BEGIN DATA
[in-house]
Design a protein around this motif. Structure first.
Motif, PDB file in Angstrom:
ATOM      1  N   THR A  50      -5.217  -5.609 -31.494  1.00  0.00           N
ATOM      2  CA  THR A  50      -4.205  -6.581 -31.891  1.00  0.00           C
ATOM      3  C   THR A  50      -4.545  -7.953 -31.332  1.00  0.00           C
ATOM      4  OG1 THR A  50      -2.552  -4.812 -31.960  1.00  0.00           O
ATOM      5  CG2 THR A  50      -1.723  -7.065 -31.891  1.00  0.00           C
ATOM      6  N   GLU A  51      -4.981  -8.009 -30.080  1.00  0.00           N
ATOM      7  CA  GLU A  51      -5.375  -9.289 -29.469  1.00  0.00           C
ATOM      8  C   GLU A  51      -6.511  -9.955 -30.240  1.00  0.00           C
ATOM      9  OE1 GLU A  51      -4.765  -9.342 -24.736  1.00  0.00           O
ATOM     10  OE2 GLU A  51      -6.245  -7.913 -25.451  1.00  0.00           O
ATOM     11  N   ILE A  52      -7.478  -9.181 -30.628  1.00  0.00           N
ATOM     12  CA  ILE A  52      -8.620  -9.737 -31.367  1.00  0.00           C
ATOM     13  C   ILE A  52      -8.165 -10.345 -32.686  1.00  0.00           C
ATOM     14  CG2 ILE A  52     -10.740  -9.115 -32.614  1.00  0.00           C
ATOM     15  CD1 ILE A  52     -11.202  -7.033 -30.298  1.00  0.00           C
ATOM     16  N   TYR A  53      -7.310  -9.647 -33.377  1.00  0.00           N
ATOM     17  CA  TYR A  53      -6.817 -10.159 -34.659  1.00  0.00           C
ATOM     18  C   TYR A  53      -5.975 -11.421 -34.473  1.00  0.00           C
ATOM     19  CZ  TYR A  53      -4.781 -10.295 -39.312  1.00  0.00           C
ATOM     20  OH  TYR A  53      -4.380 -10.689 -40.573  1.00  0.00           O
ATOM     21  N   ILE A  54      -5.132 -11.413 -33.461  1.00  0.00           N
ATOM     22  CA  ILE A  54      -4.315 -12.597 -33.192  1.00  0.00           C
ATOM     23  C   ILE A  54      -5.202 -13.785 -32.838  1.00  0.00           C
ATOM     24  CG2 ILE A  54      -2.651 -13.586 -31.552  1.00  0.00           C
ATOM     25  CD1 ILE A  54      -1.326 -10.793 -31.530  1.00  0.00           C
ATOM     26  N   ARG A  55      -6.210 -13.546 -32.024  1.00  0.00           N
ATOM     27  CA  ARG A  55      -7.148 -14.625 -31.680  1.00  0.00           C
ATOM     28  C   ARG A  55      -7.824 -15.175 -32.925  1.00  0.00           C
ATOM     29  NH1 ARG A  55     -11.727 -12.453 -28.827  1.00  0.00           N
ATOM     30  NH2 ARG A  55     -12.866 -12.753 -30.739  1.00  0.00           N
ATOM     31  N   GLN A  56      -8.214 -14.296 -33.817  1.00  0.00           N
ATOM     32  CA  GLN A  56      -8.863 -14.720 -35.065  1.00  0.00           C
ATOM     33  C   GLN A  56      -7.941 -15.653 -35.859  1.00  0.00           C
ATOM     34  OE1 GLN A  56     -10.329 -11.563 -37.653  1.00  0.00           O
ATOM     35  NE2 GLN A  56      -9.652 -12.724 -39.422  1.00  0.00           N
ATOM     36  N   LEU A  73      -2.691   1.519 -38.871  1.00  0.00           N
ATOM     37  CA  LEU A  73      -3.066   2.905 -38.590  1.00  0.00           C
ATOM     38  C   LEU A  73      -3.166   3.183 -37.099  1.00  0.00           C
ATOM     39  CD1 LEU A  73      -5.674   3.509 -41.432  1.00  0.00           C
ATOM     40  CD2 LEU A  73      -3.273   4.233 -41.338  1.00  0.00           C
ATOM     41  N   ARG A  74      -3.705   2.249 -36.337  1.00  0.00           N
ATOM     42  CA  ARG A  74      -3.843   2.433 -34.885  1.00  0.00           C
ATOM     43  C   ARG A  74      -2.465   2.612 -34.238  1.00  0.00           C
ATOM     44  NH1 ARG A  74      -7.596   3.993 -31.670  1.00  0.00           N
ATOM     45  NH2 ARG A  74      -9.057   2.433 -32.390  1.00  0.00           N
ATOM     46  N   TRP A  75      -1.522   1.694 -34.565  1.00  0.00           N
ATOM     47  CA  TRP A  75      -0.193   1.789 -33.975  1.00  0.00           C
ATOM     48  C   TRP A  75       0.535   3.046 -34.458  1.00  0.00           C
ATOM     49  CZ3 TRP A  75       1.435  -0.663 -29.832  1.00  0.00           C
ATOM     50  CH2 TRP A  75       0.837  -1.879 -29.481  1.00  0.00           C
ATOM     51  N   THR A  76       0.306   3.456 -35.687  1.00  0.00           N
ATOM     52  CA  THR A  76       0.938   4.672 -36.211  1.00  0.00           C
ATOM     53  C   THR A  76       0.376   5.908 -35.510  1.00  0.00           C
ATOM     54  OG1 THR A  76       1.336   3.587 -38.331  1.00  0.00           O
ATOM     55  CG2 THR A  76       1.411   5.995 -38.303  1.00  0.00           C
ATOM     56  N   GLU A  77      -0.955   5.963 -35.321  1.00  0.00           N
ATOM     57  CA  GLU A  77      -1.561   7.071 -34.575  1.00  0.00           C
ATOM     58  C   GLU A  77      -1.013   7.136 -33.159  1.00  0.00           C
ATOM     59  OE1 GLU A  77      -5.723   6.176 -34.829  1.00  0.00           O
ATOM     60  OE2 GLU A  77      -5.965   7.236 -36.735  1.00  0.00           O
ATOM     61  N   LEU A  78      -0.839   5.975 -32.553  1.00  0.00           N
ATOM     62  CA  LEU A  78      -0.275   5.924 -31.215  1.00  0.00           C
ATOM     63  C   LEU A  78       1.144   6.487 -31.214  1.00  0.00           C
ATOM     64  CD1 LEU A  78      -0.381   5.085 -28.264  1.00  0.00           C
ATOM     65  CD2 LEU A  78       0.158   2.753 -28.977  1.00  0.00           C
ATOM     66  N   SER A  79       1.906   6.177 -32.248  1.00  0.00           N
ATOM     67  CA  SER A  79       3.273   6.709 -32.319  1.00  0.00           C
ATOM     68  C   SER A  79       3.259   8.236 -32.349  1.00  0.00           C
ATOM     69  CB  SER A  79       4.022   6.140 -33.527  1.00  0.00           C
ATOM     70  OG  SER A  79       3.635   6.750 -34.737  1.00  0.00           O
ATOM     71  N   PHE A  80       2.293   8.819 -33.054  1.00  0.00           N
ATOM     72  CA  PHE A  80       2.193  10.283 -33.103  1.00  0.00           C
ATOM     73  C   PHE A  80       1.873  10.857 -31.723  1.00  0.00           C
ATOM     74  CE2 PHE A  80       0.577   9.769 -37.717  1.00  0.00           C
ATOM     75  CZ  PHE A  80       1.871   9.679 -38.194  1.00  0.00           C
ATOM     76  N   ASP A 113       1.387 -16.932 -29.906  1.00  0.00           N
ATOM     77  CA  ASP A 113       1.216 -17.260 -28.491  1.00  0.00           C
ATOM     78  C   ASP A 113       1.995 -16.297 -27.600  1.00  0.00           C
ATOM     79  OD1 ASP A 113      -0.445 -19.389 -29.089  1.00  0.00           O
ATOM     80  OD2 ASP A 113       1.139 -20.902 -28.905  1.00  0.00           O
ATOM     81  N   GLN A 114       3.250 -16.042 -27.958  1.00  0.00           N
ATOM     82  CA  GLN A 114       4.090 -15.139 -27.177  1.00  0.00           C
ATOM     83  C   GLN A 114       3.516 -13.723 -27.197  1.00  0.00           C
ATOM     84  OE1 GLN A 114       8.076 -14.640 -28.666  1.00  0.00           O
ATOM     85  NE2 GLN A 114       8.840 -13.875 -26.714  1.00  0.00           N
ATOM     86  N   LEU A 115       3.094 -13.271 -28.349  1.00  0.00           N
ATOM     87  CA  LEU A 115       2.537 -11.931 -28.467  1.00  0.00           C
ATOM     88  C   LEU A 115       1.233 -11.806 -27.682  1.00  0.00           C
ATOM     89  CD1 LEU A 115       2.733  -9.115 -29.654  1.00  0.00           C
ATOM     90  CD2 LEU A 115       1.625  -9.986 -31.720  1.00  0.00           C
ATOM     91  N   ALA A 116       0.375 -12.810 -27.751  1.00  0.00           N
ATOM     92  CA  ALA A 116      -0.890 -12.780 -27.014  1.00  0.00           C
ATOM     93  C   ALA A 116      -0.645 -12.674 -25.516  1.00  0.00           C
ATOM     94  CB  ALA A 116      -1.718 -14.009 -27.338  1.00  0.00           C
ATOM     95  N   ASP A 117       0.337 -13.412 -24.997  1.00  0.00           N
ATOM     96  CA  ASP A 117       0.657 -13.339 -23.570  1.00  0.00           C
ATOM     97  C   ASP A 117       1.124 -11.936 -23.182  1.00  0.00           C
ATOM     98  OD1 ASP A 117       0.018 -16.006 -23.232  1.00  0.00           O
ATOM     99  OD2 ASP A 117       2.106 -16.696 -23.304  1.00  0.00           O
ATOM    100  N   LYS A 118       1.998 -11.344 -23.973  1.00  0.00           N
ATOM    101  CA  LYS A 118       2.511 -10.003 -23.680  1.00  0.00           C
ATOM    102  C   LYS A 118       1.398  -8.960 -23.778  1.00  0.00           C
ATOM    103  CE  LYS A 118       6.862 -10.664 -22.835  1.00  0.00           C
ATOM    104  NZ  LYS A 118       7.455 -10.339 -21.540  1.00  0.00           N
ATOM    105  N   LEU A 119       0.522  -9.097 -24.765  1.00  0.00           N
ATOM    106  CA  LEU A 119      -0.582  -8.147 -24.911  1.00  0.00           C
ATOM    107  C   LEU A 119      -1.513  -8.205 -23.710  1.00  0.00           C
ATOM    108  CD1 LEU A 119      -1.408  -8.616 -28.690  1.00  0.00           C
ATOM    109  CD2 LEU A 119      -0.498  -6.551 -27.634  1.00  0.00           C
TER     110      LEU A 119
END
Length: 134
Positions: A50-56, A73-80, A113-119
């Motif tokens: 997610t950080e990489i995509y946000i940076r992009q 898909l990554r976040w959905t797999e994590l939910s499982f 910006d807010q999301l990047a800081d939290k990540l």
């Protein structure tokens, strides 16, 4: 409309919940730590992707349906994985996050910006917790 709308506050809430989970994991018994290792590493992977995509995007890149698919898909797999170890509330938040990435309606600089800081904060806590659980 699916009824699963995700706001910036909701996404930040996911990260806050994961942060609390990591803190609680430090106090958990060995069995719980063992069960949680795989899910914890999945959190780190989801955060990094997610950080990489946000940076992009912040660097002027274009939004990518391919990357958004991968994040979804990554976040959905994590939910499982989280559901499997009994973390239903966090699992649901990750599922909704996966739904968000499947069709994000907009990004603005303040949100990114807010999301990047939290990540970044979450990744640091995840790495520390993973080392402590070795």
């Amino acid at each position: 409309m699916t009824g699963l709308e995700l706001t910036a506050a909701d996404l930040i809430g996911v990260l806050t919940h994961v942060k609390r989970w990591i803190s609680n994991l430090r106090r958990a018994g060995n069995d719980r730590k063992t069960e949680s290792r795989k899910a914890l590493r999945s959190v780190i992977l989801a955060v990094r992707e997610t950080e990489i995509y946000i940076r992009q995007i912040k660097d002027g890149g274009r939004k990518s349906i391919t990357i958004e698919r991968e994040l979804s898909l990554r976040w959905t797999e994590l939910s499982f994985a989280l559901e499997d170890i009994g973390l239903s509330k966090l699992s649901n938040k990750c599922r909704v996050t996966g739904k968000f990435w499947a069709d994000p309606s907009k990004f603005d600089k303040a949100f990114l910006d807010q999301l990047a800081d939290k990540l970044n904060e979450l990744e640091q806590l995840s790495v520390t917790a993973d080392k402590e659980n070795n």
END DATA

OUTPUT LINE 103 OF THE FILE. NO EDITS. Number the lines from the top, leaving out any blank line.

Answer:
ATOM    100  N   LYS A 118       1.998 -11.344 -23.973  1.00  0.00           N